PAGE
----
Irish Shepherd’s Pie

It’s March.

In my world, that means that all of the stores near me are selling St. Patty’s day goodies, from food to home decor to holiday outfits.  Everything is shamrocks and leprechauns and ‘kiss me, i’m irish’.  

For someone like me, who is part Irish, I like to use this time of the year to focus my attention on my Irish heritage.  This goes for not only food, but celebrating different Irish traditions as well.  At some point in the year, my claddaugh ring comes off and I only remember to put it back on in March.  I decorate my house with lots of green pillows, shamrock crafts and Gaelic quote boards on the wall.  Almost everything I bake is infused with green food coloring. 

If you couldn’t tell, I take things way too far, way too often.

I love celebrating even the smallest things, so Saint Patrick’s Day for me is an all-month event.  So, it would make sense that I spend all month sharing my favorite Irish recipes. Some of these recipes are pretty authentic while some are more inspired by flavors I associate with St. Patrick’s Day.

So, in honor of this wonderful, bright green holiday, I’m devoting this whole month to giving you some Irish-influenced recipes that will get you in the Erin Go Bragh spirit!

This recipe, in particular, is a favorite of mine because it uses up all those goodies for leftovers. Since I love a good shepherd’s pie, I love turning my corned beef dinner into a tiered masterpiece of flavor. And, since most of the food is already cooked, it’s super easy too!

Irish Shepherd’s Pie

2 tbsp butter

1/2 medium white onion, finely diced

1 lb. ground beef

1 lb. of Apricot Glazed Corned Beef, diced

1 cup Slow Cooker Cabbage

3 cups Champ potatoes

1/2 stick butter

In a large skillet, melt butter.

Add onions and cook until soft, about 5-6 minutes. Add the ground beef and cook thoroughly. Remove from heat and drain the liquid from the beef. Season to taste with salt and pepper.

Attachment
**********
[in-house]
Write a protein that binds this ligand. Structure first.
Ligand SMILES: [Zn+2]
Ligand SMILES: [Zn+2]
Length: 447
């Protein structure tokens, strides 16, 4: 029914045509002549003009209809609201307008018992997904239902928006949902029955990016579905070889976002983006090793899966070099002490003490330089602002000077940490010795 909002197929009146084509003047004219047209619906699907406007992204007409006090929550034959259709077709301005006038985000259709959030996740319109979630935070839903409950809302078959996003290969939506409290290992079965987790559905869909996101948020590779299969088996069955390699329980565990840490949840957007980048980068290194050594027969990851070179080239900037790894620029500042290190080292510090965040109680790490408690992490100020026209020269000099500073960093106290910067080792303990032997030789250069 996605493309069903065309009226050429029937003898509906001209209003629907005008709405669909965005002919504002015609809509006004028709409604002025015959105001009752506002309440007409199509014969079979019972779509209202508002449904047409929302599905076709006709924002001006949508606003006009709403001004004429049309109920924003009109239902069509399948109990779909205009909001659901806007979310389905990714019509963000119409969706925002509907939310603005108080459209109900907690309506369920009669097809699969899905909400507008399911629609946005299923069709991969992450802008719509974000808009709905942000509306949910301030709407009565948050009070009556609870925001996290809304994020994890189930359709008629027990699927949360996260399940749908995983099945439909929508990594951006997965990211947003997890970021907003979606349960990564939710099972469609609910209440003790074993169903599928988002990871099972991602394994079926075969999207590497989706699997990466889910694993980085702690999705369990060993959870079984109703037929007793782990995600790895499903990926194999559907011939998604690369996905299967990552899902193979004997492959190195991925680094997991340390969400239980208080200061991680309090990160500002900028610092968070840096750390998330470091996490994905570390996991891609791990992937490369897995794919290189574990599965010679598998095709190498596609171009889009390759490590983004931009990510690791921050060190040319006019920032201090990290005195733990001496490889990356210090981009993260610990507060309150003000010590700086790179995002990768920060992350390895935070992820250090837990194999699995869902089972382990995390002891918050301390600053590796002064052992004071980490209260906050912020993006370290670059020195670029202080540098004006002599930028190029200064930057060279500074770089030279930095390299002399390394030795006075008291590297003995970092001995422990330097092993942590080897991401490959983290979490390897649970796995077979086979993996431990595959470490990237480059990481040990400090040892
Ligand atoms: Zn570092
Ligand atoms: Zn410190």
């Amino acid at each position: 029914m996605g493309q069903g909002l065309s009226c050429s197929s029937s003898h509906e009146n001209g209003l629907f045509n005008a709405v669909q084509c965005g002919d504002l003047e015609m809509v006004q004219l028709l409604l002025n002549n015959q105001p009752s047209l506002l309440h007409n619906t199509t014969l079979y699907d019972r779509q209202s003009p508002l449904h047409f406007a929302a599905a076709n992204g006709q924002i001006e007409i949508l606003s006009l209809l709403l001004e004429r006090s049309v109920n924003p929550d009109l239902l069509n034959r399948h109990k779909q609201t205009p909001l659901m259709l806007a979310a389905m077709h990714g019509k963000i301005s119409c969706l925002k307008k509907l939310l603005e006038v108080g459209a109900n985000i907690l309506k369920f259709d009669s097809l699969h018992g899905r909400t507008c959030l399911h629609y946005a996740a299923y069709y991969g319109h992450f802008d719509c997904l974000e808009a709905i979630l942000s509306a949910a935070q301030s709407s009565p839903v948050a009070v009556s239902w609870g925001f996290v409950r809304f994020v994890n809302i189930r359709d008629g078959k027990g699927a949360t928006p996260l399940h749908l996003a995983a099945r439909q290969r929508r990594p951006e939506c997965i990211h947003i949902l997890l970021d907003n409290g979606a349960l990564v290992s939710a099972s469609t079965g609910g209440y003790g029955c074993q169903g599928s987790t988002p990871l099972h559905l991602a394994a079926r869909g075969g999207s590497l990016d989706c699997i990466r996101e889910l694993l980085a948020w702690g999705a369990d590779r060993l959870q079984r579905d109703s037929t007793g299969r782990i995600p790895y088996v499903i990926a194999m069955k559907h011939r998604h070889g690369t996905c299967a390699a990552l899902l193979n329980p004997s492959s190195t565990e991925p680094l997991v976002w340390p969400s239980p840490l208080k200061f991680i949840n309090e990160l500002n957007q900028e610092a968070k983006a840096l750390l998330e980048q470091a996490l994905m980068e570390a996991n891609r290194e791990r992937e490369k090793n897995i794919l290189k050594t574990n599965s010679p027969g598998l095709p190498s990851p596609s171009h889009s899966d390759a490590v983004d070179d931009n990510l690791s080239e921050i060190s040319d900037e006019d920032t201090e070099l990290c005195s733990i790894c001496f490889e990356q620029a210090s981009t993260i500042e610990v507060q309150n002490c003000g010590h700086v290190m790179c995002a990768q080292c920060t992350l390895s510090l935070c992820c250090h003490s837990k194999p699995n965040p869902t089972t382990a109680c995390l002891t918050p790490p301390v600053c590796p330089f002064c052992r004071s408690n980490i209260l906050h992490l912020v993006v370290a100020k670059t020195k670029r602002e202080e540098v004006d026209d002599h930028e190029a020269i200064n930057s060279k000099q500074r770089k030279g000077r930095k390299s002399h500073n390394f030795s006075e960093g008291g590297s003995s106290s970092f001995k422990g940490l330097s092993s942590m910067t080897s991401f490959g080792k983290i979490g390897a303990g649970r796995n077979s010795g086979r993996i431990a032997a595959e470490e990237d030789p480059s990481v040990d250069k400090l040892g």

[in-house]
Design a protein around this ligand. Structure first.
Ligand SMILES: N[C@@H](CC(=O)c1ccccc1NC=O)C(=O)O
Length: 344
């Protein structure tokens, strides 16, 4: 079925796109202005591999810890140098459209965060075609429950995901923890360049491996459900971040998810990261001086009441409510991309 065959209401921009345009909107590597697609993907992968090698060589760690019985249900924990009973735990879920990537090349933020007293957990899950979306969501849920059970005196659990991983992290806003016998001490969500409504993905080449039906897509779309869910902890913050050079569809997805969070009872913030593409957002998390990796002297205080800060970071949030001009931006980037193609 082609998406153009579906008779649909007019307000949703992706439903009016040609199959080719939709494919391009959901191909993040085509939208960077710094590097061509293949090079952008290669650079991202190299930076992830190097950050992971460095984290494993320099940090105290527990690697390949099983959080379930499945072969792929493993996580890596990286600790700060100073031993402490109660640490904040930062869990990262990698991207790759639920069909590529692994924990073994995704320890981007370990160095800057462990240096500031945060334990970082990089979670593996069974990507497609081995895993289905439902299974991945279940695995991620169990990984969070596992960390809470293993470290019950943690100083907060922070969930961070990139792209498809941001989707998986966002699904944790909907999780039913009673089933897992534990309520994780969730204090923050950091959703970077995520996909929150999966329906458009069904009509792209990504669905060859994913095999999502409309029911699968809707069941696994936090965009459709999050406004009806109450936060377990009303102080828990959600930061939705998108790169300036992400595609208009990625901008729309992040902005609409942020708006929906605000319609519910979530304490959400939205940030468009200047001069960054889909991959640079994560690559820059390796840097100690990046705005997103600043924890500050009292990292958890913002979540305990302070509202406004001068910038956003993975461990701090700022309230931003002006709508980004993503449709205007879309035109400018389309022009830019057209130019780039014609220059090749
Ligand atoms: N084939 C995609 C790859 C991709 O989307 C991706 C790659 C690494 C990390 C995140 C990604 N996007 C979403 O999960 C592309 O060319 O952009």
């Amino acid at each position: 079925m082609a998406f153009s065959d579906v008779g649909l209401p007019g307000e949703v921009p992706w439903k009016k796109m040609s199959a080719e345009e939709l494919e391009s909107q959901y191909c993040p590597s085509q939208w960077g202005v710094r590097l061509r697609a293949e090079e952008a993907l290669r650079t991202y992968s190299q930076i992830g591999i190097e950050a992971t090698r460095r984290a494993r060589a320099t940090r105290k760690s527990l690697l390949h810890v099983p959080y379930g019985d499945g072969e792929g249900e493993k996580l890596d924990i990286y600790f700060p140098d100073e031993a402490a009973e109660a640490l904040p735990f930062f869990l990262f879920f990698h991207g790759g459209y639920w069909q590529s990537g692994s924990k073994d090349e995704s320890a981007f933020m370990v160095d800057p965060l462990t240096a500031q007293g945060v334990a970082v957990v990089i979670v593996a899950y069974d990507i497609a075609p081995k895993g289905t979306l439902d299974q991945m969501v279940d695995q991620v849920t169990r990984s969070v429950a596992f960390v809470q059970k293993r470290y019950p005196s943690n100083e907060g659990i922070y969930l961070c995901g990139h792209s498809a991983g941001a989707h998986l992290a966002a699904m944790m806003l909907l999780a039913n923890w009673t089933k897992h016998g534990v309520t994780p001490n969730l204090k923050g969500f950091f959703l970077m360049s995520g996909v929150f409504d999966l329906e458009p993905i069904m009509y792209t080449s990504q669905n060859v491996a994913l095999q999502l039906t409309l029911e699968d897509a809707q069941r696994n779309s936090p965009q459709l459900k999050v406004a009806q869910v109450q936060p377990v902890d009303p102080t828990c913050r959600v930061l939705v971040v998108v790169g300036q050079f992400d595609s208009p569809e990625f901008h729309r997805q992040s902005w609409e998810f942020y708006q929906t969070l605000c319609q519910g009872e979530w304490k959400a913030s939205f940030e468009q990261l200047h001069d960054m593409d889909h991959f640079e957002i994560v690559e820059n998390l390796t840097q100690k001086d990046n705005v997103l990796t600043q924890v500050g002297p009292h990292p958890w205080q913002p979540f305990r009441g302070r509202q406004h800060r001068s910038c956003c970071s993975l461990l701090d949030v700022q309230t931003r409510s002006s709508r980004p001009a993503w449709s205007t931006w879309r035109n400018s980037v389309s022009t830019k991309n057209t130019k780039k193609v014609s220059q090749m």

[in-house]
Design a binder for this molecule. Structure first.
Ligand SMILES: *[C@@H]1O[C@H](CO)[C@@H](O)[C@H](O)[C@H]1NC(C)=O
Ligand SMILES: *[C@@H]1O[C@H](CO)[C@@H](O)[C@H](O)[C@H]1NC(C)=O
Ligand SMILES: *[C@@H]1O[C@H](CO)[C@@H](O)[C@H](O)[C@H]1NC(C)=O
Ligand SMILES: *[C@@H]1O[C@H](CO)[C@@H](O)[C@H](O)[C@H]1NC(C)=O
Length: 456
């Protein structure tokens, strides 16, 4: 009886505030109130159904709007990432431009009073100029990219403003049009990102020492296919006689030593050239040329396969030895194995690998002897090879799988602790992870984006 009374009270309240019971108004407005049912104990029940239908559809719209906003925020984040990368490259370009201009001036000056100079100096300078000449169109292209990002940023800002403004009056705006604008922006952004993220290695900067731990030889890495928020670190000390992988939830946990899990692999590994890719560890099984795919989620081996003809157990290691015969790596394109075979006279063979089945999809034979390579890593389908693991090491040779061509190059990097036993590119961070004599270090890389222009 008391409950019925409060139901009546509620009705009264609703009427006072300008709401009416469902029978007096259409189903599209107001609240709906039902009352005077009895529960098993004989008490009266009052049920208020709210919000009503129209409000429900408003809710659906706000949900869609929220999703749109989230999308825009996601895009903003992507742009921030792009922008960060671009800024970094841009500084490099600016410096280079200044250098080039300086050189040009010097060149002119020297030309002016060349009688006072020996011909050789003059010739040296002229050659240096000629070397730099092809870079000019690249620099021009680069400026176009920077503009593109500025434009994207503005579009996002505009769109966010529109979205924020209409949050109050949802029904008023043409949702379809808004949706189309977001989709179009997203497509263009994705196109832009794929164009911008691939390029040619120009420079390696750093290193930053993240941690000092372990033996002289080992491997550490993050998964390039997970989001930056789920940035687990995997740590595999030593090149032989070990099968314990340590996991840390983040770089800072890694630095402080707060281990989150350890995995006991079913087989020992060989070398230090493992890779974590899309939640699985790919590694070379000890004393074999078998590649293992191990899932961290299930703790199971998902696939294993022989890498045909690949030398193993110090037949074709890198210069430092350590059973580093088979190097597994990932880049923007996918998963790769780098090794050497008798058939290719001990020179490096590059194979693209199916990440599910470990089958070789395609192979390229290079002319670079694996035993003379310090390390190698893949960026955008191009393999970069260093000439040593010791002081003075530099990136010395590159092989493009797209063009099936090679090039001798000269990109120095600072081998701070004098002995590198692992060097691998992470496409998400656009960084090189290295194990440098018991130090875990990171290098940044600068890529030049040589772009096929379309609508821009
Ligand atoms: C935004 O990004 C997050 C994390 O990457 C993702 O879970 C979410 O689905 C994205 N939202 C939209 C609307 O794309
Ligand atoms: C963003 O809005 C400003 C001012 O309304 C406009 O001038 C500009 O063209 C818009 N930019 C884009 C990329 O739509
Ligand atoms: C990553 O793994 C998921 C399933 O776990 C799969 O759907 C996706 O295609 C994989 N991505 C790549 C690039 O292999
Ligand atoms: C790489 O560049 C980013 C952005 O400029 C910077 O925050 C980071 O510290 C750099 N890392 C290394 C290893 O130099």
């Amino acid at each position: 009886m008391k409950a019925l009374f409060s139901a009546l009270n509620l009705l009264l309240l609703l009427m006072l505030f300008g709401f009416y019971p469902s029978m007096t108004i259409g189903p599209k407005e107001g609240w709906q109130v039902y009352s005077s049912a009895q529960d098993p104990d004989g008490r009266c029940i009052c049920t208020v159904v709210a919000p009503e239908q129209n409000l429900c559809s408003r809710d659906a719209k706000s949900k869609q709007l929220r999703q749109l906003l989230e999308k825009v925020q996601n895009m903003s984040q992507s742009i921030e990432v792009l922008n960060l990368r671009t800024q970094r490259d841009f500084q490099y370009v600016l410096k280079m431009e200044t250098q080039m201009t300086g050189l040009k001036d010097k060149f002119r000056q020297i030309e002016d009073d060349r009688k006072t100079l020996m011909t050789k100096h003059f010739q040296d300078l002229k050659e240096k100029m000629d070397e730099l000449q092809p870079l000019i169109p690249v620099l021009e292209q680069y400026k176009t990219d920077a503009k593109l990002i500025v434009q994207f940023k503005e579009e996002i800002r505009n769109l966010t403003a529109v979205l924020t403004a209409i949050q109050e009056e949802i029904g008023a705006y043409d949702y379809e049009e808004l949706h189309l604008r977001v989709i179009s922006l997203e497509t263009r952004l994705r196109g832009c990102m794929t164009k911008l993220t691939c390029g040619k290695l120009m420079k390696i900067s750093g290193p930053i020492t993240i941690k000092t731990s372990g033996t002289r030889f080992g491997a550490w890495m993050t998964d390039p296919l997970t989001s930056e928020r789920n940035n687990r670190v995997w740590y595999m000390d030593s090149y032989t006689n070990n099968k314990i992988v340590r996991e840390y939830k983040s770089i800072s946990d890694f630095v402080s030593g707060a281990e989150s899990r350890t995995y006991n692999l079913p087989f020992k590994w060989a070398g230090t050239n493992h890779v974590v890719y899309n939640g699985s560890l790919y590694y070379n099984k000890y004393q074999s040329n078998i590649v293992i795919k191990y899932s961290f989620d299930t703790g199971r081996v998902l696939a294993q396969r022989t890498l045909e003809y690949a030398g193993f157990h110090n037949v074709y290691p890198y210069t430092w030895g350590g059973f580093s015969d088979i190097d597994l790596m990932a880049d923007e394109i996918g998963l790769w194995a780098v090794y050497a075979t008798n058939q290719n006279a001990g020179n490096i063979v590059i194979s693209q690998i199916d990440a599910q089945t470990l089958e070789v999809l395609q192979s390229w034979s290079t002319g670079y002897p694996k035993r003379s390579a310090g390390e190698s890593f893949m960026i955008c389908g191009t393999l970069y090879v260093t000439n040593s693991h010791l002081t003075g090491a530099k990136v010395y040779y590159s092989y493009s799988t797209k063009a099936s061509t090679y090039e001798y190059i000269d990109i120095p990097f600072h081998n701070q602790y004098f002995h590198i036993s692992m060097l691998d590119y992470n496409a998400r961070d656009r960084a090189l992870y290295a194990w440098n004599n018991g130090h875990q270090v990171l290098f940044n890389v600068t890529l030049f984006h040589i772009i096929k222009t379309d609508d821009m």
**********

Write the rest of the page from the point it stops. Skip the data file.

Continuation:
Preheat oven 350F.

Add the corned beef to the ground beef and stir.

Grease an 8″x 8″ pan. Spoon the beef mixture into the bottom of the pan. Spread the cabbage over the top of the beef. Top the cabbage with Champ potatoes.

Cut the butter into 6-8 pats and place on top of the potatoes.

Bake for 20-30 minutes or until the top of the potato layer begins to lightly brown.

Serve hot.

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Apricot-Glazed Corned Beef

When my husband and I decided to get married, we had a lot of long talks about how we wanted our life together to go. One of the things that was very important to us was starting traditions to keep our families close to us. Usually, this revolves around good food.

For St. Patrick’s Day, we have tried to start a tradition of inviting our families over for a traditional Irish dinner of corned beef and cabbage with potatoes. This has been a recipe I’ve used for the last couple years we’ve done this, and I always get rave reviews from family members about the corn beef and its glaze.

I’ve seen similar recipes for the glaze used with other proteins but I’ve only ever used this apricot glaze with the corned beef. I really like the sweet, tangy vibe I get with it and I think it complements the beef well. Plus, I think cooking the corned beef in the oven and using a glaze helps preserve so much more flavor than the traditional boiled method.

Keep watching as I’ll be bringing out more of my favorite Irish/St. Patrick’s Day recipes!

Apricot-Glazed Corned Beef

1 package of corned beef

1/3 cup apricot marmalade

1 tbsp spicy mustard

1/2 yellow mustard

Preheat oven 350F.

Place corned beef in a baking dish with the fatty side facing upward. Sprinkle the seasoning packet over the corned beef (this is typically included in the package).

Cover with foil and cook according to package instructions. Most packages suggest 50 minutes per pound of beef.

Combine the apricot marmalade and mustards in a bowl.

With 20 minutes left in the cooking time, remove foil to uncover the corned beef. Pour the glaze over the center of the beef. Cook the additional 20 minutes.

Let beef rest for 20-30 minutes before cutting up to serve.